A Passover Wish

Image: Two lambs. (FraukeFeind/pixabay)

When I searched through some of the free image sites online, most of the pictures I found when I searched for “Passover” looked like the one above.

Most of the world doesn’t know much about Jews. They know what they read (in the Bible, in the media, in books) and they know what they’ve heard. The Christian world knows us through the filter of Christianity. For Christians, Passover is a festival mentioned in the Gospels, and it’s about sacrificial lambs, both real and metaphoric.

Never mind that we haven’t been in the lamb-sacrificing business since spring of the year 70. That was the year the Romans knocked down the Temple – and since then, we have honored the commandments to make sacrifices with prayers, not with lambs.

There are Jews who want to rebuild the Temple. I’m not one of them. For one thing, someone else’s place of worship now stands on that spot, and it’s holy to them. For another, as Maimonides taught, God was ready for us to be done with the sacrifices. They were an early version of worship, given to us when we could not have understood anything else.

For me, today, Passover is a festival of freedom. It calls me to free others from bondage. It calls me to free myself from old, bad ideas and habits. It calls me back to that homely altar, the dining room table, to eat matzah and ask questions and never, ever to settle for an easy answer. It calls me to gather with Jews, to laugh and cry and do mitzvot, to not lose heart when the bad guys seem to be in charge, or when my own internalized Pharaohs give me grief.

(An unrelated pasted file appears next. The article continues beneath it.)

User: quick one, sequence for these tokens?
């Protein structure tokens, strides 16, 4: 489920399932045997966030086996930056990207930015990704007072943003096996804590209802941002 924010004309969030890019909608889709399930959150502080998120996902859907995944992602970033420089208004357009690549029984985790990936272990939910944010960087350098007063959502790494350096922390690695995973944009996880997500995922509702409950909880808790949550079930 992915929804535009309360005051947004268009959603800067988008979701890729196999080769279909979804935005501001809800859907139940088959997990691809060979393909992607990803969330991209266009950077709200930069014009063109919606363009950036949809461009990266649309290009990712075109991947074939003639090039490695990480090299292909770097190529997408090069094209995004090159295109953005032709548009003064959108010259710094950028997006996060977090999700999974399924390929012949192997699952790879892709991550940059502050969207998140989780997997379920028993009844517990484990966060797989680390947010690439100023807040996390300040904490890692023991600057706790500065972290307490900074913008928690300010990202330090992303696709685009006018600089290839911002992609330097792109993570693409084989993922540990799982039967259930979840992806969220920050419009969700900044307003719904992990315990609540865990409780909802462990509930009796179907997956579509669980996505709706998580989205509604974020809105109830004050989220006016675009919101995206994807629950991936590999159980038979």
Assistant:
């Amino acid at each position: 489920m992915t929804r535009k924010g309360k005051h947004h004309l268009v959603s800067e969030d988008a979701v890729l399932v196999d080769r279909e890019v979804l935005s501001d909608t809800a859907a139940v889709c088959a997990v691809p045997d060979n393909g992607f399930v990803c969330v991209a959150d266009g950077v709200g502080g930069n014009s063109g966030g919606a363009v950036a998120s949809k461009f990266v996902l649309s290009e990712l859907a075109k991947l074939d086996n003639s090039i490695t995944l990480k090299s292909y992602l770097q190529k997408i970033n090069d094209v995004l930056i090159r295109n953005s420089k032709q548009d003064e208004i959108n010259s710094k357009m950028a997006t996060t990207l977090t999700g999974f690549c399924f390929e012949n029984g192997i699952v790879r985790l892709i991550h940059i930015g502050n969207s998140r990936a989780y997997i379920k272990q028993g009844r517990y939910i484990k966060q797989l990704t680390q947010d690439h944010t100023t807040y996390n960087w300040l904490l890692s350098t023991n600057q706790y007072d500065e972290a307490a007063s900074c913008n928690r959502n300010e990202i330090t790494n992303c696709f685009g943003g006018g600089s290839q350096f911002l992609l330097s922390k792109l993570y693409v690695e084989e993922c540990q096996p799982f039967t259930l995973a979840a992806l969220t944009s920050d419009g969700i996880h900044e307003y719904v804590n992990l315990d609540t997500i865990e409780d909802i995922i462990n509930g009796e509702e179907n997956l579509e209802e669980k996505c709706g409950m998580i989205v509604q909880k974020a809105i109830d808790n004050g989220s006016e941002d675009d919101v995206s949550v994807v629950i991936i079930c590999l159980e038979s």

I wish every reader of this blog a zissen Pesach, a sweet Passover. May your find your courage to do your work in this world. And may there be no more sacrificial lambs.

What is Kapparot?

Yom Kippur is almost upon us, and some of you may have seen news  stories about Kapparot, a Jewish folk custom for the day before Yom Kippur.

In the most colorful form of Kapparot (the kind that makes it into the news), Jews take a live chicken, swing or wave it around their head three times, then slaughter it as a “ransom” for their sins, giving the chicken to the poor for them to eat. This practice was first reported roughly a thousand years ago: it is neither a Biblical nor a rabbinic practice, and it is certainly not a mitzvah in and of itself.

Rabbis have spoken out against kapparot for centuries. Only teshuvah atones for sins. No amount of chicken-waving will do a thing to remove sins. The rabbis also expressed concern that it might be confused with the sacrifices of idolaters or with the Biblical practice of animal sacrifice. Also, while ideally the chickens are given to the poor for food, in actual practice many of them are simply thrown out: that is both wasteful and a cruel slaughter for nothing. As distinguished an authority as Rabbi Josef Caro warned against the practice of kapparot.

There are also Jews who practice a milder kind of kapparot, using money put in a white handkerchief, swung around the head, and then given to charity. This is still problematic, because it isn’t teshuvah. Giving to the poor is a mitzvah, but it is not a substitute for the sincere repentance for our sins. God cannot be bought off. Instead, we should make teshuvah for our sins, and give tzedakah to agencies that serve the poor.

Don’t let anyone tell you that “all Jews” do this to chickens, as some antisemites have written and said. The vast majority of Jews don’t do anything of the sort.

Torah is not magic; it’s better than magic, because it is real. Unlike kapparotteshuvah actually works to mend relationships and change lives. Kapparot is a superstitious old practice for warding off demons and bad luck. Real Torah challenges us to make changes in our behavior which bring about genuine improvement in the world.

May your remaining Days of Awe in 5776 be filled with tefilah [prayer], tzedakah [charity] and gimilut hasidim [deeds of lovingkindness], and may this year be a good year for you!

Image: Gady Munz PikiWiki Israel Project